Janesville Interstate interchange could be the first of its kind in the state
JANESVILLE—Local motorists still struggling with roundabouts could have a whole new concept to navigate if the state goes ahead with an interchange concept that would be the first of its kind in Wisconsin.
The state's Department of Transportation is considering two alternatives for the Highway 26 interchange with the Interstate, which will be widened starting in 2015.
One would be a fairly conventional diamond interchange with three through-lanes and two left-turn lanes in both directions of Highway 26, or Milton Avenue as it's known in Janesville.
The other, however, would be a new type of interchange that is gaining traction though it is in use in only a handful of other states, said Todd Hertz of KL Engineering, a state consultant on the project that ultimately would widen the Interstate to six lanes—eight lanes through Janesville—from the Wisconsin-Illinois line to the Beltline in Madison.
The diverging diamond interchange, sometimes called a double crossover diamond, is designed to increase capacity and safety, decrease congestion and minimize the cost of new infrastructure, according to a department handout.
In the case of the Milton Avenue interchange, Hertz said such an interchange would cut in half the number of ways vehicles could collide.
It also would handle more traffic as drivers make free-flow right and left turns onto the Interstate, he said, adding that overheads signs, pavement markings and traffic signals would guide drivers.
Hertz played an animated video of how the interchange works that the Utah Department of Transportation prepared for a specific interchange in that state.
A similar interchange also is under consideration for the Avalon Road interchange, he said.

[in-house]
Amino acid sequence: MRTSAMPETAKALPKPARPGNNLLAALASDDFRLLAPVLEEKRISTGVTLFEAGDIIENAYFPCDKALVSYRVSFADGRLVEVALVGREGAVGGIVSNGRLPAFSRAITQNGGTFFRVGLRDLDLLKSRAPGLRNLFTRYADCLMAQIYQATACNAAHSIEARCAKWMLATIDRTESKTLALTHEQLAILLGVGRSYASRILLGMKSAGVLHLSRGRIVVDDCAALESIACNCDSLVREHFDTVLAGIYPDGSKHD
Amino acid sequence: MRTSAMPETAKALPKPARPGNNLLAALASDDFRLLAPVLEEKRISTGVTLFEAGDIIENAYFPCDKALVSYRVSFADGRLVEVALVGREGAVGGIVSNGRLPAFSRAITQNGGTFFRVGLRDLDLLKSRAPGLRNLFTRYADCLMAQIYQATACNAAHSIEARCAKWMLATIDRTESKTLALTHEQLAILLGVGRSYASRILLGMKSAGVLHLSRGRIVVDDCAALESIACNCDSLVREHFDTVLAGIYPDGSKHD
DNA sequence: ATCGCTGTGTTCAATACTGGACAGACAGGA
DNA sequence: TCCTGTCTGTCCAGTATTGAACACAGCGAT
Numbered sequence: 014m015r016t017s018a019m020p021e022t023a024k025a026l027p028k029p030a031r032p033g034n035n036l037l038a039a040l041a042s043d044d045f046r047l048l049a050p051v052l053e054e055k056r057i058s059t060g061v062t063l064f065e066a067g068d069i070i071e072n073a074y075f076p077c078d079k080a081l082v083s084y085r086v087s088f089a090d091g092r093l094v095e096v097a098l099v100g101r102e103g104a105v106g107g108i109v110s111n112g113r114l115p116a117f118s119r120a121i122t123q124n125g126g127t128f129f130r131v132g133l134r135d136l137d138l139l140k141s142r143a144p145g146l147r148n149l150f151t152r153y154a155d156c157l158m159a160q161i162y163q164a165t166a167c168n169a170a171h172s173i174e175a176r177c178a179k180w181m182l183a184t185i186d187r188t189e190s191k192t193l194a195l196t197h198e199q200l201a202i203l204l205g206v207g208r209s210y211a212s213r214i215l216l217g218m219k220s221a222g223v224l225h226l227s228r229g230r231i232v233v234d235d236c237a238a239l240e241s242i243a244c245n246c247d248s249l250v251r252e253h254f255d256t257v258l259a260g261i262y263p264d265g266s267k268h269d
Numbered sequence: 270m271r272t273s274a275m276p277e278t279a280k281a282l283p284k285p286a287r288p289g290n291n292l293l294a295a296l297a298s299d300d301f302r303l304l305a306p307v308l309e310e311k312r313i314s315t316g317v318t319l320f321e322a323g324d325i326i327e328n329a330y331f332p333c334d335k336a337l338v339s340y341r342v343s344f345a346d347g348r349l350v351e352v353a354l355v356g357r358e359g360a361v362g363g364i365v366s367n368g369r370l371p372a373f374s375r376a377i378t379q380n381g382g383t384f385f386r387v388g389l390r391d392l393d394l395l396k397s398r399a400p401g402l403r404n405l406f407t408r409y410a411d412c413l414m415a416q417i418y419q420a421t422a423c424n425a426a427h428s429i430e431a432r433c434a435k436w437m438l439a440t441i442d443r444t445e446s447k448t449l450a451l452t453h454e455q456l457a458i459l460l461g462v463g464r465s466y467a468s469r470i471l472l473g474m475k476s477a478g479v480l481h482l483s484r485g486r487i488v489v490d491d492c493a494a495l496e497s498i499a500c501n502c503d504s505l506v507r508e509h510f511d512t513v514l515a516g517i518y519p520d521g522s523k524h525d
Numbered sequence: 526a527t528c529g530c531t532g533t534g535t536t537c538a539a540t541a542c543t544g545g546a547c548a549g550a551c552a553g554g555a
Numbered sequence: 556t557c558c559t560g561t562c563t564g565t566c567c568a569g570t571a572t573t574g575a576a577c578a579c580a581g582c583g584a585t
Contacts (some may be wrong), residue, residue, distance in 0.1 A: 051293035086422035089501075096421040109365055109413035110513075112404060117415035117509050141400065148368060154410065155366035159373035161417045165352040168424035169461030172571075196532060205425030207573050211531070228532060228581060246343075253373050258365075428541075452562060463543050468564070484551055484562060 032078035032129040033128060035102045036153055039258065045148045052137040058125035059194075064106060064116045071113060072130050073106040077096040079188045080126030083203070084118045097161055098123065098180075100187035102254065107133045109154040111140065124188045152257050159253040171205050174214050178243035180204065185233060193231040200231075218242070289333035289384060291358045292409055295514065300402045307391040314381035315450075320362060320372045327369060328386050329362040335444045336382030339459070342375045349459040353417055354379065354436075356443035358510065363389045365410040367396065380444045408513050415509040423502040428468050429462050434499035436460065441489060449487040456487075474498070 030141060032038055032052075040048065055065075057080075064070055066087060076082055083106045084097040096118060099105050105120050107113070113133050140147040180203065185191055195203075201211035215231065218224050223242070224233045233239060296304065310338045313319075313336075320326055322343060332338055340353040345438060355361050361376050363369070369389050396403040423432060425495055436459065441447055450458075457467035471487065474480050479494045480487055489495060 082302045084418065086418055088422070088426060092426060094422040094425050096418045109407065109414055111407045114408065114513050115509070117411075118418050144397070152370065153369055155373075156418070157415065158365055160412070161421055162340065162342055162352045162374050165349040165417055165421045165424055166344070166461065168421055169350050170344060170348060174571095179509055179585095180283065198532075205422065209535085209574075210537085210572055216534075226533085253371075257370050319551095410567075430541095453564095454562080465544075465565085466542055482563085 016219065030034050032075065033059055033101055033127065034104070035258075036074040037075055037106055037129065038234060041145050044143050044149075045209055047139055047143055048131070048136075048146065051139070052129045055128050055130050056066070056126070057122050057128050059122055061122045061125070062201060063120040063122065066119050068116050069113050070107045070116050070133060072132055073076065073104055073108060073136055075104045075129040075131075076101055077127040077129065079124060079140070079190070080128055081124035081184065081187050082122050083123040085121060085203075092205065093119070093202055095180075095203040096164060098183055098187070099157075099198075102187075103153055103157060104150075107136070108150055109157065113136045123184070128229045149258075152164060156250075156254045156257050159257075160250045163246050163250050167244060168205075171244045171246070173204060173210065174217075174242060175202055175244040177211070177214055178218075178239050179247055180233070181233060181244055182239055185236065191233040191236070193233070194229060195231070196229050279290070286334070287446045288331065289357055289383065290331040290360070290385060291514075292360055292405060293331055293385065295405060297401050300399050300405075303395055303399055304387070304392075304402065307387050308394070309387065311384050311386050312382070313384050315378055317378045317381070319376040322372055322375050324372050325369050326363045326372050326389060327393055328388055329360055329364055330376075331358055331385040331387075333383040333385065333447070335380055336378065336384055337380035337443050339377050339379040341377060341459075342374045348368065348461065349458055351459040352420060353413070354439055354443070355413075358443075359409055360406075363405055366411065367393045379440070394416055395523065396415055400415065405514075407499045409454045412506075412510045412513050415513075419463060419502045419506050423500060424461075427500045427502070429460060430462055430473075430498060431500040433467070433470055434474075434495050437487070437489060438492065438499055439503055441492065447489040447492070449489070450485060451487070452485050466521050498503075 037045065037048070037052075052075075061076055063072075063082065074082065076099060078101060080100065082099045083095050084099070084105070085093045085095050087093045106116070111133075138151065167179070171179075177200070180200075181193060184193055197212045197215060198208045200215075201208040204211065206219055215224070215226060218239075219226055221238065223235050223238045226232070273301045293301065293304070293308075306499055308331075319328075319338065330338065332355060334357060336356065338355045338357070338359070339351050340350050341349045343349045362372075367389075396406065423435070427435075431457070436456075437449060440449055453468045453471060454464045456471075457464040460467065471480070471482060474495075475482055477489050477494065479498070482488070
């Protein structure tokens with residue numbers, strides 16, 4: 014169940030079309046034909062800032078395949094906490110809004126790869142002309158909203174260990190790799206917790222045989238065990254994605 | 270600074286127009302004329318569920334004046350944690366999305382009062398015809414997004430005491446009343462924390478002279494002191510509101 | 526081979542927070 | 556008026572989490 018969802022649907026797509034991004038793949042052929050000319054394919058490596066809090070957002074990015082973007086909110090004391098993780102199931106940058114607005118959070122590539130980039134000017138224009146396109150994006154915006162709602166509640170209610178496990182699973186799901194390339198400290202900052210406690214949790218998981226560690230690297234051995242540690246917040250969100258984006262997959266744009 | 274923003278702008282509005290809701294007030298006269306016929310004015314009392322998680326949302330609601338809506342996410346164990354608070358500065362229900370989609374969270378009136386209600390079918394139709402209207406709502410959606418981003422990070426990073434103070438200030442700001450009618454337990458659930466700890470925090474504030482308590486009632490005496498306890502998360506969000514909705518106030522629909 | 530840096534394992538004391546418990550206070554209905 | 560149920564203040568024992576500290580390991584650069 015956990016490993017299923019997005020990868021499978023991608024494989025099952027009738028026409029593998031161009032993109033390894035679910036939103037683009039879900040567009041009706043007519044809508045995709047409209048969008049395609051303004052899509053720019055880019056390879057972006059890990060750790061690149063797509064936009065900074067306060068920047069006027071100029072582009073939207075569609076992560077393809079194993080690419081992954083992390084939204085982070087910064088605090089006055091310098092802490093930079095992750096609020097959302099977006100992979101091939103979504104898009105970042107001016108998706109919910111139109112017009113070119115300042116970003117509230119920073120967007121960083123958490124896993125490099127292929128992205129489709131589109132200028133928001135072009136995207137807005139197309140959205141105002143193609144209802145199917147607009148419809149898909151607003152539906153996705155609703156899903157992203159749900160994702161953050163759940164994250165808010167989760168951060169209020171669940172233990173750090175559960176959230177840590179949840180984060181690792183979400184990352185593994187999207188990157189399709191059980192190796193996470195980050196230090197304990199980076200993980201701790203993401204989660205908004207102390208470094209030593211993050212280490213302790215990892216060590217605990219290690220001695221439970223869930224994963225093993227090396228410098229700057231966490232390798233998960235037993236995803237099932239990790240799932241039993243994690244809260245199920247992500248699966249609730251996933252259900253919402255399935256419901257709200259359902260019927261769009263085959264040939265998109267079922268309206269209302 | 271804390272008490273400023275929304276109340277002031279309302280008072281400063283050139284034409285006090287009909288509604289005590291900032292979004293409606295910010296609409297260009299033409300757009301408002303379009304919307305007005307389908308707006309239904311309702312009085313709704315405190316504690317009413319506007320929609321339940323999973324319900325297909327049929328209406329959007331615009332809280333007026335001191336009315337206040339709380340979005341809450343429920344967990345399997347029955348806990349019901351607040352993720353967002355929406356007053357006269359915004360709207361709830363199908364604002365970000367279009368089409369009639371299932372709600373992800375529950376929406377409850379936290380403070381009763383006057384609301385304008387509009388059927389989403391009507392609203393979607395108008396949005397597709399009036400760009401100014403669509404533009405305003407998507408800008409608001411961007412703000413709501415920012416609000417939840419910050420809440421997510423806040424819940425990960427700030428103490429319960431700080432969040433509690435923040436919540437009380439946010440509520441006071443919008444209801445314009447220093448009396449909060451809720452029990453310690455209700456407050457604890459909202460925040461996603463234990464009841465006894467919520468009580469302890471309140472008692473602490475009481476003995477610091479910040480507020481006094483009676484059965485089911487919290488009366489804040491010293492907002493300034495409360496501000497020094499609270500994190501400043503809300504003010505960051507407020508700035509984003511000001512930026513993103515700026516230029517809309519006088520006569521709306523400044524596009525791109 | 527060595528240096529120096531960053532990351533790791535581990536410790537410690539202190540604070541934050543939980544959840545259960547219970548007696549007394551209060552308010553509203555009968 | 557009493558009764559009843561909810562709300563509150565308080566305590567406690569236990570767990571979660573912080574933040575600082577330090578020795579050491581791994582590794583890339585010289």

About 75 people showed up Thursday at a public information session for the project's central segment, which runs from County O to the Rock-Dane County line.
Given the opportunity, attendees voiced questions and concerns about a number of issues.
Highway 59 interchange
The department is proposing a diamond interchange with the Interstate that will include roundabouts at the two ramp intersections.
The Highway 59-Goede Road intersection to the east also will have a roundabout that would provide access to a proposed park-and-ride lot.
A raised median on Highway 59 would allow only right-hand turns to and from Mallwood Drive and Richardson Springs Road. That raised safety concerns in the crowd, as well as questions about impeded access to existing businesses.
Derek Potter, the state's project manager for the central segment, said the third roundabout was included at the request of officials in the towns of Fulton and Milton who are concerned about safety.
Another state official said the series of three roundabouts would be larger and designed differently than the three roundabouts on Highway 59 near the Highway 26 bypass east of Milton.
Officials have scheduled a public meeting from 5 to 7 p.m. Tuesday, Aug. 27 at Marshall Middle School for a discussion of barriers that are primarily proposed for the Interstate's run through Janesville's east side.
The most significant barrier would run from Highway 14 to the Palmer Drive overpass on the east side of the Interstate. On the west side, it would run from Highway 14 to Milwaukee Street, skip Marshall Middle School, and then pick up just north of Ruger Avenue and run south to the dog walk area of Palmer Park.
While anyone can attend the meeting, only those properties designated as feasible and reasonable under a strict set of federal guidelines will be eligible to vote on the barriers. A majority vote of the returned ballots for several different segments will be required for the barriers to be built.
Affected residents will get ballots and information in mid-August and will have until Sept. 27 to return their ballots.
The department has proposed the parking areas for the Highway 59 interchange at Newville and at the Racine Street interchange in Janesville.
Hertz said the department also is considering a lot in the area of the interchanges at Highway 14 and 26 to the north.
“Every time we open one up, we don't seem to have any problem filling it up,” he said.
That seemed to please some in attendance who voiced concerns about commuters parking their vehicles in the lots of private businesses for extended periods of time.
State officials will primarily rely on Highways 14 and 51 as alternate routes for heavy construction periods on the Interstate, Hertz said.
For that to happen, state officials said, several local road intersections would need improvement.